A style guide may be required for any business, whether it’s just starting out, undergoing rebranding, or catching up to the present day.
A style guide is a set of regulations that you provide to your staff and clientele. In every workplace, time is of the essence, so a style guide will save time for your designers, creative team, and clients. It may also force you to clarify your brand, which is: “What exactly is my brand all about?”
Examine what’s working and what’s not.
Take a look at what top companies like Amazon and Apple are doing with their style guides. These businesses have a reason for publishing their style guides in the open, and you should too. Take a look at how free (or tight) these logos are to modify. Look at how many typefaces they’re using, as well as the sorts of fonts. How many words are there to describe their brand in a nutshell? What way? Choose and choose features from each style guide that your firm will need to put into practice.
If you work in a tiny trinket store in a downtown shopping area, perhaps you don’t need a 50-page document describing how to utilise an appropriate grid layout for your website, but you may need to pick between several colour palettes for your storefront signage.
Your company’s logo is the star of the show.
Logos are the most important element of your visual branding, and they should be well represented in your style guide. Make sure to describe how the logo should be utilised, whether it’s one or many variations. Describe what sorts of backgrounds should and shouldn’t be used with the logo. Is it okay to use a patterned background? Is it just acceptable for you to choose certain photos or patterns that make your logo stand out in a design? Whatever your standards, you should show how to properly and incorrectly display your logo. Make sure to make it clear and succinctly that your logo should not be tampered with in any manner. This might restrict the amount of creativity available to you, but setting forth your norms from the start may prevent people from “Frankensteining” it.
Don’t Forget Your Fonts
It’s great to have a wide range of typefaces, but make sure they’re well-chosen and clearly defined. It’s all too easy to mix and match typefaces for advertising or other distinct items connected with your brand. Make sure your style guide has fonts that are adaptable and useful enough to meet all of your various demands (so you don’t have a one-night encounter with Comic Sans).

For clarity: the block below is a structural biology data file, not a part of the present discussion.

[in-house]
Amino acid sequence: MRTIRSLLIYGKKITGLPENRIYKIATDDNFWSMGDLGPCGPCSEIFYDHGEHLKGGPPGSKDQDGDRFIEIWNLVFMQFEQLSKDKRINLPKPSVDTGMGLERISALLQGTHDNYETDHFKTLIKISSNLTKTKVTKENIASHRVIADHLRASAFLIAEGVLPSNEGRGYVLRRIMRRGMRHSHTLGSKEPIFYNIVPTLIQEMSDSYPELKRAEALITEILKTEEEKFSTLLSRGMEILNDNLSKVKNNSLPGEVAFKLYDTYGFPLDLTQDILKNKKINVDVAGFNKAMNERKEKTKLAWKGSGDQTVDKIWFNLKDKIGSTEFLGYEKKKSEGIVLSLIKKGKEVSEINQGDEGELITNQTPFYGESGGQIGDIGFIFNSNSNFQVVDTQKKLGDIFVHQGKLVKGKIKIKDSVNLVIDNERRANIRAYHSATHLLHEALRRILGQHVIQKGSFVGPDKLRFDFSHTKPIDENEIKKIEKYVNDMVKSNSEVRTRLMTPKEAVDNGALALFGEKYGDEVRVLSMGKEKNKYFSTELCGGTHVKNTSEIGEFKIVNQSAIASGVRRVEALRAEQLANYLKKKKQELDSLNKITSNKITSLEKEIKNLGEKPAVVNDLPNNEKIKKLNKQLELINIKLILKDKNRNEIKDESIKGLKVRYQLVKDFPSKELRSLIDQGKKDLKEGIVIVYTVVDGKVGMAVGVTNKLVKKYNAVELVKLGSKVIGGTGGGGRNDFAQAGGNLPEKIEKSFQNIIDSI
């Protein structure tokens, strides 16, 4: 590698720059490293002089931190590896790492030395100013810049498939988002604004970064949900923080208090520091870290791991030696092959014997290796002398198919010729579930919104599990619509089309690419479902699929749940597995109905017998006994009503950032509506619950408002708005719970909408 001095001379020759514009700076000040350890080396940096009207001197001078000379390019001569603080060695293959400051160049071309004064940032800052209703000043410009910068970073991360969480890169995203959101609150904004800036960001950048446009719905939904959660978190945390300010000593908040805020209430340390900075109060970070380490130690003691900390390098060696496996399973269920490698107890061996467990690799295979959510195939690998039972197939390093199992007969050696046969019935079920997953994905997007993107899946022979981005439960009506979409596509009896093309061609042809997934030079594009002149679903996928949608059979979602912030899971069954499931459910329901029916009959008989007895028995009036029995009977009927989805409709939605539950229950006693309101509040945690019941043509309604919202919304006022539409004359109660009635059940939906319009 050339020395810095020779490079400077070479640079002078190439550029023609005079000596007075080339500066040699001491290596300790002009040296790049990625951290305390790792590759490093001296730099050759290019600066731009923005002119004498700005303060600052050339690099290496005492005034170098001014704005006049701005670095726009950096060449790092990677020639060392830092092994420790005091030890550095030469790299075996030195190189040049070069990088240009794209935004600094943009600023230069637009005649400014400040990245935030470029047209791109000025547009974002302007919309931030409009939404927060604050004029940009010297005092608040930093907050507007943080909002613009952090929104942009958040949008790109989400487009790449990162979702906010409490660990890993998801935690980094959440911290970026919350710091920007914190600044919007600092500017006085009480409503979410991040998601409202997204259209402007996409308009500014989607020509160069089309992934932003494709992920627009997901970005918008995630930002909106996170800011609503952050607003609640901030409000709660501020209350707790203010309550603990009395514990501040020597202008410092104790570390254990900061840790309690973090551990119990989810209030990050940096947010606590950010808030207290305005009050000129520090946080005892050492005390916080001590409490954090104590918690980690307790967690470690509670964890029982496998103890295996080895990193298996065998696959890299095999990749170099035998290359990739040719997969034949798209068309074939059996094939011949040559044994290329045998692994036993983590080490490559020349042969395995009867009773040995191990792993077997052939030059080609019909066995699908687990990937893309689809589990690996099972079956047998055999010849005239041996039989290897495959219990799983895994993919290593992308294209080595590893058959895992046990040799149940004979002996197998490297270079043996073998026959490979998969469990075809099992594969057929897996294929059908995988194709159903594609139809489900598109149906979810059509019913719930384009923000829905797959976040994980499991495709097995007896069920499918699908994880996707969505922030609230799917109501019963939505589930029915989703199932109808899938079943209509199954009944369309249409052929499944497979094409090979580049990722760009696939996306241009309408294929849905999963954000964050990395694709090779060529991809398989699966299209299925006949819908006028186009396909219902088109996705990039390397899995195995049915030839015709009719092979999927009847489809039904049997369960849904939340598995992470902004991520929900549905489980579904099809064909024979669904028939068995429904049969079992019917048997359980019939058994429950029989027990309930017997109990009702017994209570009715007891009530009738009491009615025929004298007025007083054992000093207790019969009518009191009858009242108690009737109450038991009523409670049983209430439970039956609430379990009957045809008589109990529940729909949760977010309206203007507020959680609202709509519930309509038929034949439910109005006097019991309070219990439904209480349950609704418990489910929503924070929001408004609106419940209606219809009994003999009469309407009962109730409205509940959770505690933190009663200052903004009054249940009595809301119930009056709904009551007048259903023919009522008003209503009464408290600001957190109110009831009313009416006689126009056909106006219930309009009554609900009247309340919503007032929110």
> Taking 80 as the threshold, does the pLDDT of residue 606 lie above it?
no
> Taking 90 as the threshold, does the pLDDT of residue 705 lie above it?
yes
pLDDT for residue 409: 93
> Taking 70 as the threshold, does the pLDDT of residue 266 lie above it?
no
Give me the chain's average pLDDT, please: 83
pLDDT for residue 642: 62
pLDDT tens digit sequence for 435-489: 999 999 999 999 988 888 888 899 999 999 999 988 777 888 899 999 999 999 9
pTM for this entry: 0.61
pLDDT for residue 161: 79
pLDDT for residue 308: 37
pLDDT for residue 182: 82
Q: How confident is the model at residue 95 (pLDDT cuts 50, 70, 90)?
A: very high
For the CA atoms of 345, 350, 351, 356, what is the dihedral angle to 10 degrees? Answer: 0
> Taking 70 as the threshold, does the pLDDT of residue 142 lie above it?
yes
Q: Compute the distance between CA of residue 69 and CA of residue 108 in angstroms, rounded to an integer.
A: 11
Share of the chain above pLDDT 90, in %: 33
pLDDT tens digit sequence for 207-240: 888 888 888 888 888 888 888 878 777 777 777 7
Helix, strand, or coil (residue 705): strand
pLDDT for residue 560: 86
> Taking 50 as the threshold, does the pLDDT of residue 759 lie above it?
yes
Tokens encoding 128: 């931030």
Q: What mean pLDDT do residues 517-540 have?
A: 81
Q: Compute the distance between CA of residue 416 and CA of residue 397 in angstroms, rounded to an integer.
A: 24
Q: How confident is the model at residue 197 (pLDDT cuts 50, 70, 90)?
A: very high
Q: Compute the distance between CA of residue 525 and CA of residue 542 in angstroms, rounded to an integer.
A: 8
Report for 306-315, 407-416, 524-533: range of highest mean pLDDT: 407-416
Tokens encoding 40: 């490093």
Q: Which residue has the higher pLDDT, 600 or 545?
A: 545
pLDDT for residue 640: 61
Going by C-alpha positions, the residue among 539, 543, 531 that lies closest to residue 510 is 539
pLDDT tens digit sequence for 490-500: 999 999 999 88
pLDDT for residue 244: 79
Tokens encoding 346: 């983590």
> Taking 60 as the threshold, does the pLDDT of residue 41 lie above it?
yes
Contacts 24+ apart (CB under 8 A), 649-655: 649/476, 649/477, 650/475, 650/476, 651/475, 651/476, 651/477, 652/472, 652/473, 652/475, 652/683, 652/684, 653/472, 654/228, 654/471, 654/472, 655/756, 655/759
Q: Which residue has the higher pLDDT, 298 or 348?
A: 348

Because most fonts are not available on all computers, it’s critical to provide your designer or customer with a download link in your style guide. Definitely do so if your font is unique to your business. Never offer a typeface that you don’t own the right to.
Refine Your Voice
Any brand must have unique and interesting content in order to sell. It establishes your business’s voice, the voice that customers hear when visiting your website or reading your advertising copy. Your voice should sound like a well-informed buddy (but not a pompous know-it-all attempting to sell your audience something they don’t need). Because not all of your company’s materials will be authored by one person, content standards are necessary for your style guide. Make sure the tone of your brand is pleasant and consistent across communications.
It’s understandable for designers to be wary of your style guide because it may stifle their creativity (and it does). However, giving concise explanations of your branding choices might persuade them otherwise. Don’t be too descriptive; a fifty-page research paper on why Helvetica is the only font for your company, for example, would be frightening and useless in conveying your point of view. Short, succinct paragraphs that address style choices create authority and assist designers and writers understand your viewpoint.
Share It Internally
After you’ve established a style guide, the next step is to figure out how to distribute it. Don’t put it on your website right away. Have a meeting first and devise a strategy for implementing your rules in your company’s regular operations. Send this to anybody who may be associated with your brand, whether they’re creating innovative content, building your website, or sending emails to consumers. Before releasing your guide into the public arena, double-check all of the boxes in your internal communications. You can decide whether to make it available on your website for the general public or keep it internal after.
Don’t Give Up—Update!
Trends in typefaces are always shifting, and the current fashionable font will most likely be Times New Roman by the end of next year. Have a meeting at least once a year to update your brand. This might be as simple as changing the images on your website or as elaborate as a complete branding makeover. Make branding a constant, but not an all-consuming priority. You can’t be too brand consistent if you want to attract consumers who are searching for what you have to offer. Make your branding adaptable from the start, and keep it current as needed.